Pulsing. Intense throbbing. Nagging pain. Not to mention common sides of nausea and vomiting. Migraine headaches are no picnic in the park. These severe head pounders tend to come on subtly, a dull achy pain first creeping up on one side of the head, on the forehead, or in the area surrounding the eyes. Slowly, the monsters, three times more common in women than men, grow in severity. Lasting anywhere from four hours to three whole days, these headaches are not only frustrating, they can be downright debilitating.
You may be surprised by just how common migraines are. In 2011, these pesky head bangers sent more than 3 million Americans shuttling to hospital emergency rooms reports the Agency for Heathcare Research and Quality. Among them, some 81,000 were admitted for overnight care.
The good news is that if you’ve made it to age 40 without experiencing a migraine headache, you’re likely in the clear. Though it is possible for migraines to begin striking at any age, they often surface during adolescence or in the late teens and early twenties. You’re also less likely to get migraines if neither of your parents was ever steamrolled by one. Some 90 percent of migraine sufferers report a family history.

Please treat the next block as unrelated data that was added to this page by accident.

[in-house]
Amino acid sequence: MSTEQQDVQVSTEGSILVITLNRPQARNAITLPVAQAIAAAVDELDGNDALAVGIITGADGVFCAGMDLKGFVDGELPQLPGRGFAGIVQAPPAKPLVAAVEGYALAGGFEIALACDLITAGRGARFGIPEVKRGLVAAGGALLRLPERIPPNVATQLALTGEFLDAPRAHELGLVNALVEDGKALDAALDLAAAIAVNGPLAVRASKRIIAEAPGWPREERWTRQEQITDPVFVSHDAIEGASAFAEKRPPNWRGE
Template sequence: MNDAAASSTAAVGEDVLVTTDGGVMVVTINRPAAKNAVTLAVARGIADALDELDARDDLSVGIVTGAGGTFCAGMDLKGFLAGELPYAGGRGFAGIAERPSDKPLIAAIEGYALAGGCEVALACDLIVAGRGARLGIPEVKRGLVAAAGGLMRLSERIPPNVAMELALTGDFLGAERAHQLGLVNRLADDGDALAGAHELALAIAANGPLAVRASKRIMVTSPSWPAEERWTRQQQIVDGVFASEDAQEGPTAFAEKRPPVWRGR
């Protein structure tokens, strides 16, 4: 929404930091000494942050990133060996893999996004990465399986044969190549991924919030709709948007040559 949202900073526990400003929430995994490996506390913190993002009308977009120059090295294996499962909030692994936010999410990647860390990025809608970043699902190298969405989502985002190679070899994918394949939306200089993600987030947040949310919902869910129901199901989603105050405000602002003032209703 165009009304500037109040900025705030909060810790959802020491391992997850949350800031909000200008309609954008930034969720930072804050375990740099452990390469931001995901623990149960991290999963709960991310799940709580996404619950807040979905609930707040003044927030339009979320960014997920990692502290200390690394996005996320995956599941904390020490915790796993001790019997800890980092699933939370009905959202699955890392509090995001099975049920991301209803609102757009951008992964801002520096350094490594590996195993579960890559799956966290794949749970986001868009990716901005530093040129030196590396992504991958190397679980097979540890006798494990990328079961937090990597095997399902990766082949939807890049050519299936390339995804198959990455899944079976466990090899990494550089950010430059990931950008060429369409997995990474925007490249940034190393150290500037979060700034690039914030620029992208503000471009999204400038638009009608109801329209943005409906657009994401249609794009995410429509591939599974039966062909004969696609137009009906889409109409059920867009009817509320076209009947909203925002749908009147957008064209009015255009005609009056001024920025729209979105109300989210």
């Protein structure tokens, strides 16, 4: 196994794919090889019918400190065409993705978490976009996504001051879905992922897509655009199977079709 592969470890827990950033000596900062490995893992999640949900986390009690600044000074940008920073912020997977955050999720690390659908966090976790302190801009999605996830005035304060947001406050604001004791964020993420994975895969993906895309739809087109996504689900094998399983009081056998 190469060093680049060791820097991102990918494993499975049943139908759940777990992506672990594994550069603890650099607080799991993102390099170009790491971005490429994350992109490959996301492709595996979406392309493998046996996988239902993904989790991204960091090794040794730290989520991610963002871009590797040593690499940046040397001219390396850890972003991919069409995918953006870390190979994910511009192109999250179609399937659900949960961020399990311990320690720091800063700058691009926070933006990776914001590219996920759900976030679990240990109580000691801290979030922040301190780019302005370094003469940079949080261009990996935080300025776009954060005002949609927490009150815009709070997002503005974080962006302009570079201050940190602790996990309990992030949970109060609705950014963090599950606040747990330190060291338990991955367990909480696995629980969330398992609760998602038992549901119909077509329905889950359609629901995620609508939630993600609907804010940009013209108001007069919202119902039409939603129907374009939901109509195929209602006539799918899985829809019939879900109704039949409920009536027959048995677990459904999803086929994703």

One third of those who have migraines experience a type of sensory warning first. This signal, which is referred to as an aura, occurs before the actual headache. Like the migraine, auras begin faintly and gradually worsen. Auras include seeing flashing lights, zigzag lines, or spots, and even blurry or temporarily lost vision and last up to 30 minutes.
It is rare to have one solitary migraine. Instead, the headaches tend to recur when triggered by certain factors. If you are concerned that you may have migraines, track your symptoms and how long they last in a journal and share this with your doctor.
When keeping a headache diary, record the events surrounding the attack. Such notes may help you and your doctor to pinpoint possible triggers (such as lack of food or sleep, anxiety, stress, or diet). Sun glare, bright lights or loud sounds can also spur a migraine, as can, in women, hormonal changes related to menstruation. Researchers currently suspect that migraines have a genetic cause.
Address suspicions of migraine early. Evidence shows that these headaches can get progressively worse with each attack. Left unattended, some people with migraines could eventually suffer daily.